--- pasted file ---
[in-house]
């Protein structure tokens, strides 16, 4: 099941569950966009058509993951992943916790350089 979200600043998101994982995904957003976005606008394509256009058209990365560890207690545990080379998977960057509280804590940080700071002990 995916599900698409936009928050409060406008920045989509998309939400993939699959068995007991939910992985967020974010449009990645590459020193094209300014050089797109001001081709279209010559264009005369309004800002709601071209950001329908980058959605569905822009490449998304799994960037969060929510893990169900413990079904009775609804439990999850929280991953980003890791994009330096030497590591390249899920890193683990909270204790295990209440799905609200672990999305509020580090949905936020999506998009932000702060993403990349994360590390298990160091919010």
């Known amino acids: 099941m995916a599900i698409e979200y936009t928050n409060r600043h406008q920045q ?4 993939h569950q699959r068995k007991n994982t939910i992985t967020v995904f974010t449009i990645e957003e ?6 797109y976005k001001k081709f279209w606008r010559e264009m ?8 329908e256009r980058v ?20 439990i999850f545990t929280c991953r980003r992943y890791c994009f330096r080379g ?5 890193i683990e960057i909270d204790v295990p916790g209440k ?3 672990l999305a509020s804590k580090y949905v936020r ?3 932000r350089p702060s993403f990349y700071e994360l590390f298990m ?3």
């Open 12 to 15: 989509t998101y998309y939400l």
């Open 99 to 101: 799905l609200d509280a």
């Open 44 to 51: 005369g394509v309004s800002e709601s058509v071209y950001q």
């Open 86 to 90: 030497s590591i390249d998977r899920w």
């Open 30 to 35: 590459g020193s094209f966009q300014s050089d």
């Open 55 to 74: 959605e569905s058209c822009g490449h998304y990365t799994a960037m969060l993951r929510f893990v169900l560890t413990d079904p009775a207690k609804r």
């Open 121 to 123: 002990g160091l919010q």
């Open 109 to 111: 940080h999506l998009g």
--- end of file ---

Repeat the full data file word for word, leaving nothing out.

[in-house]
């Protein structure tokens, strides 16, 4: 099941569950966009058509993951992943916790350089 979200600043998101994982995904957003976005606008394509256009058209990365560890207690545990080379998977960057509280804590940080700071002990 995916599900698409936009928050409060406008920045989509998309939400993939699959068995007991939910992985967020974010449009990645590459020193094209300014050089797109001001081709279209010559264009005369309004800002709601071209950001329908980058959605569905822009490449998304799994960037969060929510893990169900413990079904009775609804439990999850929280991953980003890791994009330096030497590591390249899920890193683990909270204790295990209440799905609200672990999305509020580090949905936020999506998009932000702060993403990349994360590390298990160091919010």
């Known amino acids: 099941m995916a599900i698409e979200y936009t928050n409060r600043h406008q920045q ?4 993939h569950q699959r068995k007991n994982t939910i992985t967020v995904f974010t449009i990645e957003e ?6 797109y976005k001001k081709f279209w606008r010559e264009m ?8 329908e256009r980058v ?20 439990i999850f545990t929280c991953r980003r992943y890791c994009f330096r080379g ?5 890193i683990e960057i909270d204790v295990p916790g209440k ?3 672990l999305a509020s804590k580090y949905v936020r ?3 932000r350089p702060s993403f990349y700071e994360l590390f298990m ?3």
């Open 12 to 15: 989509t998101y998309y939400l």
């Open 99 to 101: 799905l609200d509280a």
């Open 44 to 51: 005369g394509v309004s800002e709601s058509v071209y950001q």
């Open 86 to 90: 030497s590591i390249d998977r899920w």
């Open 30 to 35: 590459g020193s094209f966009q300014s050089d």
């Open 55 to 74: 959605e569905s058209c822009g490449h998304y990365t799994a960037m969060l993951r929510f893990v169900l560890t413990d079904p009775a207690k609804r």
């Open 121 to 123: 002990g160091l919010q």
């Open 109 to 111: 940080h999506l998009g």